• Delay taking Social Security. “First, they should wait to begin taking their Social Security benefits till age seventy, rather than immediately at sixty-two.”
  • Use your 401(k) to fund your retirement early years instead. “Next, they should start to withdraw from their 401(k) accounts now, rather than wait till seventy.”
  • Buy joint survivor single premium immediate annuities. “They also should take their 401(k) withdrawals in the form of joint survivor annuities.”
  • Downsize your house/condo. “Next, they should downsize their four-bedroom house by half.”
  • Move to a lower-tax state. “And finally, they should move to New Hampshire, which has no state income tax.”

The result:

This retirement makeover will make an amazing difference. In fact, it will more than double the Smith’s sustainable retirement spending! Under their original plan, the Smiths could afford to spend $5,337 per month in addition to covering their housing costs and taxes. Under the new plan, they can spend $11,819 per month in addition. That’s a ginormous increase and adds up to a $1,578,374 increase in lifetime spending measured in present value. In other words, the new plan amounts to handing the Smiths a bag filled with around $1.5 million in cash. This is money magic, pure and simple.

Now, I’m not sure I would use the term “magic”, but these are readily-available choices and the numbers come from the author’s MaxiFi retirement planning software. Living in a two-bedroom condo instead of a four-bedroom house is not the same experience, but at least you should explore it and weigh the costs and benefits. Using single premium immediate annuities to supplement Social Security is a way to guarantee income, and they are the simplest and most transparent form of annuities that are easy to comparison shop directly. I bet that significant percentage of retirees don’t even run a free, no-obligation quote.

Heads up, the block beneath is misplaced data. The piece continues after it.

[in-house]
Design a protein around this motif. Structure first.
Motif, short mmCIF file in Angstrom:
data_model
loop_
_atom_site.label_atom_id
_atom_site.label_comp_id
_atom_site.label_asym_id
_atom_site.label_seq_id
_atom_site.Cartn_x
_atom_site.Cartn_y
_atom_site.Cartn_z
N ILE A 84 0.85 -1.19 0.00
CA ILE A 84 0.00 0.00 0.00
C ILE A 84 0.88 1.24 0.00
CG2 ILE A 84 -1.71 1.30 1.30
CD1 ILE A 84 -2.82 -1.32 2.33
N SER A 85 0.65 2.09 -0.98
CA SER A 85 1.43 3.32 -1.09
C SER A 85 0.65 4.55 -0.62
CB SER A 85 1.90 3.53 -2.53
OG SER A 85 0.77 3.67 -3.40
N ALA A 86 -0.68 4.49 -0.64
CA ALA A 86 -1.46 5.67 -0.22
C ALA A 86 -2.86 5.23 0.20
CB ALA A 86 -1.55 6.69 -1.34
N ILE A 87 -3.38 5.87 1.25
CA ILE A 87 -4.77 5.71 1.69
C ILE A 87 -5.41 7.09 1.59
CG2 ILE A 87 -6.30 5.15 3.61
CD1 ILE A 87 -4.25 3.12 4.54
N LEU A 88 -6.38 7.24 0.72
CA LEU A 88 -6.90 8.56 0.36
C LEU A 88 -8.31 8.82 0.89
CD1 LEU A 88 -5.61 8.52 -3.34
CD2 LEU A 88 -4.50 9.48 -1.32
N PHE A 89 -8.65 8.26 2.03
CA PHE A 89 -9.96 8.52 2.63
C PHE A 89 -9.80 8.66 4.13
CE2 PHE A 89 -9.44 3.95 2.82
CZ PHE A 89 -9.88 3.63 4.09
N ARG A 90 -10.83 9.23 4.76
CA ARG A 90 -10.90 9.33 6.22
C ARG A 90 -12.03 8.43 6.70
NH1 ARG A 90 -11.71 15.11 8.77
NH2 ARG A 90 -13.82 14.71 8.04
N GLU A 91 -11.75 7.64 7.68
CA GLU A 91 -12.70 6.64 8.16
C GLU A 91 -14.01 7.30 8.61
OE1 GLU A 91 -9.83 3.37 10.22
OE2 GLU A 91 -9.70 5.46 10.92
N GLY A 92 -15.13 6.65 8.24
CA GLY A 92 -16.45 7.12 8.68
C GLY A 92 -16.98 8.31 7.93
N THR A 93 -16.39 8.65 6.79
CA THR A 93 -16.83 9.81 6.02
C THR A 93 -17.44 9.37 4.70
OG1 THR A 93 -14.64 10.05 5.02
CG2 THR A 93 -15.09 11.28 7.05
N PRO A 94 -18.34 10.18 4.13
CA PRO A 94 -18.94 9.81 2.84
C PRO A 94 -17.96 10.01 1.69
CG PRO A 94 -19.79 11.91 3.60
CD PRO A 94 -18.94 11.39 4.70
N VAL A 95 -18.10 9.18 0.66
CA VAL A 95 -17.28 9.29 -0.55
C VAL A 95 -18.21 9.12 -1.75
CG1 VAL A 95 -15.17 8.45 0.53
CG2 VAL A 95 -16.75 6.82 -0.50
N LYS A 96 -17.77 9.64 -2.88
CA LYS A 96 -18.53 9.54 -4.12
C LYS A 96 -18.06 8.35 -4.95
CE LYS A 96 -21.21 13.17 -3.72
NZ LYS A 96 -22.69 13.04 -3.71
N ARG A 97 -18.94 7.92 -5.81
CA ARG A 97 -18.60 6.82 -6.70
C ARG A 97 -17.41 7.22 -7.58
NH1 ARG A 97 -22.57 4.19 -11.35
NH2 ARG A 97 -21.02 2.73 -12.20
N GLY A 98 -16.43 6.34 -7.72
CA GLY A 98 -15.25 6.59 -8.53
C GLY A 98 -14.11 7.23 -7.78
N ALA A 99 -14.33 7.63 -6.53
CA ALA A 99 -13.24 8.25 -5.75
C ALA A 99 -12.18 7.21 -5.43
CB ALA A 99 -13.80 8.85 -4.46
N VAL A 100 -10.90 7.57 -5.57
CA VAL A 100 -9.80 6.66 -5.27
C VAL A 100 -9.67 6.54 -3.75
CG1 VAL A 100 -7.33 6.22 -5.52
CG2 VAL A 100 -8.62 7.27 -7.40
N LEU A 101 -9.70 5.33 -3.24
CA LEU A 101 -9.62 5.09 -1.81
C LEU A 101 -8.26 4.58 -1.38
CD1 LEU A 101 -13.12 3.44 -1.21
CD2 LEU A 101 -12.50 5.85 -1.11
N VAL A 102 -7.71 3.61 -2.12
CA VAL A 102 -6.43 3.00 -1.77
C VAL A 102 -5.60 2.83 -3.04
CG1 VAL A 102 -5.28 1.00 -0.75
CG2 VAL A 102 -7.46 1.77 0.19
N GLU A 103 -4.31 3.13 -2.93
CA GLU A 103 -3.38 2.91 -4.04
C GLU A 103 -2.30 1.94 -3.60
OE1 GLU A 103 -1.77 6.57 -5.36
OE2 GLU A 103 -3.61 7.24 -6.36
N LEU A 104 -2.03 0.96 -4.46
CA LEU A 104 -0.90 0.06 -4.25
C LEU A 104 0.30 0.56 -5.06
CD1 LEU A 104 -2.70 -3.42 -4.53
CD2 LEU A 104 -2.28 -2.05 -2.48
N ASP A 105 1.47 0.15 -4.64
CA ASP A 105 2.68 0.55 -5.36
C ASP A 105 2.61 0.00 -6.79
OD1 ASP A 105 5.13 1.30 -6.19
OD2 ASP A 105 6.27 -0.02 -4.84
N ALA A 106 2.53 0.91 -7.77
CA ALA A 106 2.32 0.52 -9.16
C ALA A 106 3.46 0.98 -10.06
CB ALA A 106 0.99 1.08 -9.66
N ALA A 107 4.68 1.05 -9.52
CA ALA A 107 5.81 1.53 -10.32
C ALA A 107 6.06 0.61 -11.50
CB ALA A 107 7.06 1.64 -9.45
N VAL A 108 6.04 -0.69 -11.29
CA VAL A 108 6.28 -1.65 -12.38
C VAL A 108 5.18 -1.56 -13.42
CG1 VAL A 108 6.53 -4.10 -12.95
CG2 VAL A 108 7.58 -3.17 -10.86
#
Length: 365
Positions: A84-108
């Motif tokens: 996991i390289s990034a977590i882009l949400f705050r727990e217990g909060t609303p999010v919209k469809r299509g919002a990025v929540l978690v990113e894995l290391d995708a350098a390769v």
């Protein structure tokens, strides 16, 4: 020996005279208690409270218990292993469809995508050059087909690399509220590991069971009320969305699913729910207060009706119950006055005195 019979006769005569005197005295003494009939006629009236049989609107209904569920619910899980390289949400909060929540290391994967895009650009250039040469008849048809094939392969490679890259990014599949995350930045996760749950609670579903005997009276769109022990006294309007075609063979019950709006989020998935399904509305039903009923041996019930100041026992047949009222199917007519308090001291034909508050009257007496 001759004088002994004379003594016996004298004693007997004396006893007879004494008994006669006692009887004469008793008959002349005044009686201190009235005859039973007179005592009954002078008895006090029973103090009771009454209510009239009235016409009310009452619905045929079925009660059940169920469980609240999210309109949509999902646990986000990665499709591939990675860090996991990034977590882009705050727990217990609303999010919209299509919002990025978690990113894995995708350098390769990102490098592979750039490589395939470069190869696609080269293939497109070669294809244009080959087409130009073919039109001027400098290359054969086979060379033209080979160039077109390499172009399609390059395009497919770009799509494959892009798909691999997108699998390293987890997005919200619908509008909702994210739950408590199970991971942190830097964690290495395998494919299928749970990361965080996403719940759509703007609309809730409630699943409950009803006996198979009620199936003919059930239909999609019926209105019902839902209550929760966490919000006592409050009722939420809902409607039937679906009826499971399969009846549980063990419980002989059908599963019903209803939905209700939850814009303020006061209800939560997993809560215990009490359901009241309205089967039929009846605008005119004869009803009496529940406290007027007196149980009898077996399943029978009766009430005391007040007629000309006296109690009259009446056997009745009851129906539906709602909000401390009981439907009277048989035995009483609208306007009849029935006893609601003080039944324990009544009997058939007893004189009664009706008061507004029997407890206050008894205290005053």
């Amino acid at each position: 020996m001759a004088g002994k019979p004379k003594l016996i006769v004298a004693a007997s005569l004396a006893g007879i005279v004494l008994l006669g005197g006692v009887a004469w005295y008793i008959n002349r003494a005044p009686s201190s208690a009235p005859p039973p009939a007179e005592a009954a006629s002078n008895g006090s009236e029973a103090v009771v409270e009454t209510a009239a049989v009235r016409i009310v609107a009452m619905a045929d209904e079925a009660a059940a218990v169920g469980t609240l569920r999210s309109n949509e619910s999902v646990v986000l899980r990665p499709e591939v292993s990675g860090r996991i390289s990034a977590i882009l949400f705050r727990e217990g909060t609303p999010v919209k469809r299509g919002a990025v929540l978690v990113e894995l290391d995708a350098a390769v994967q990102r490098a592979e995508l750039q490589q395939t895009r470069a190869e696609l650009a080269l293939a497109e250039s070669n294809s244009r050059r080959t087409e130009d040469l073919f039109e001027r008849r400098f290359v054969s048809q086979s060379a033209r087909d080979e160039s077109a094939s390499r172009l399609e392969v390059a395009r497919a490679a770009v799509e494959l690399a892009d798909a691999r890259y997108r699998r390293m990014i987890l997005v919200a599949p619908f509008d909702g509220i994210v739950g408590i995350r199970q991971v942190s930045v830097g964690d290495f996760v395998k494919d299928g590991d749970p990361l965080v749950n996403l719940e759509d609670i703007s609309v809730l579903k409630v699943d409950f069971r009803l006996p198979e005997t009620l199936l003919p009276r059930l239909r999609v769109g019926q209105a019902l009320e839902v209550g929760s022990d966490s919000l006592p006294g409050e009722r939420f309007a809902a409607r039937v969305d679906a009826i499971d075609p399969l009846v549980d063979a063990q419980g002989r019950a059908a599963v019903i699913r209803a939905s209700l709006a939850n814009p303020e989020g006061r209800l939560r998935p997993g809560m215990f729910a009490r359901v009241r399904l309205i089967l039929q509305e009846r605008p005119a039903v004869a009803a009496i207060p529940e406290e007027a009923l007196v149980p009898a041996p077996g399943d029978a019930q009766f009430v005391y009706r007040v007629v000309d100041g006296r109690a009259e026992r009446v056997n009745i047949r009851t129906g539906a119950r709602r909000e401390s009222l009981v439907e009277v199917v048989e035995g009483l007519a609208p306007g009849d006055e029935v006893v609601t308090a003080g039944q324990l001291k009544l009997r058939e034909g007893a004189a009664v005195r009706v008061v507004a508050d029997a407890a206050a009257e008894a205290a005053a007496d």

I enjoying finding and thinking about the levers in my life. Even if not financially-optimal, it feels good to make a conscious choice and know that your actions matter. I know that I could have made more money by moving to a different state with better job opportunities, lower taxes, and/or lower cost of living. I know that I could have bought a bigger house, but also a much smaller house.

My Money Blog has partnered with CardRatings and Credit-Land for selected credit cards, and may receive a commission from card issuers. All opinions expressed are the author’s alone, and has not been provided nor approved by any of the companies mentioned. MyMoneyBlog.com is also a member of the Amazon Associate Program, and if you click through to Amazon and make a purchase, I may earn a small commission. Thank you for your support.

JP Morgan Guide to Retirement 2022: Personal Finance Charts and Graphics

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The JP Morgan Guide to Retirement slide deck is provided to its advisors to discuss retirement planning with clients. Updated annually, they kindly share this document publicly and it contains many useful charts and graphs, like the one above that reminds us to focus on what you can control, and to not waste time and energy on what you can’t. Below are a few more highlights from the 52-page 2022 edition that I found most helpful.

How does everyone else manage given all the news of low savings balances? Well, the reason it is called “Social Security” is because without it, there would be widespread poverty amongst seniors. The higher your spending, the more you must rely on your other assets to replace your current income in retirement.

You may have seen variations of this chart elsewhere, where “Quitter Quincy” who starts early but completely stops after only 10 years ends up at the same place as “Late Lyla” who starts late but contributes for another 30 years (triple the time).

How the average household spending changes by age (amongst relatively well-off households).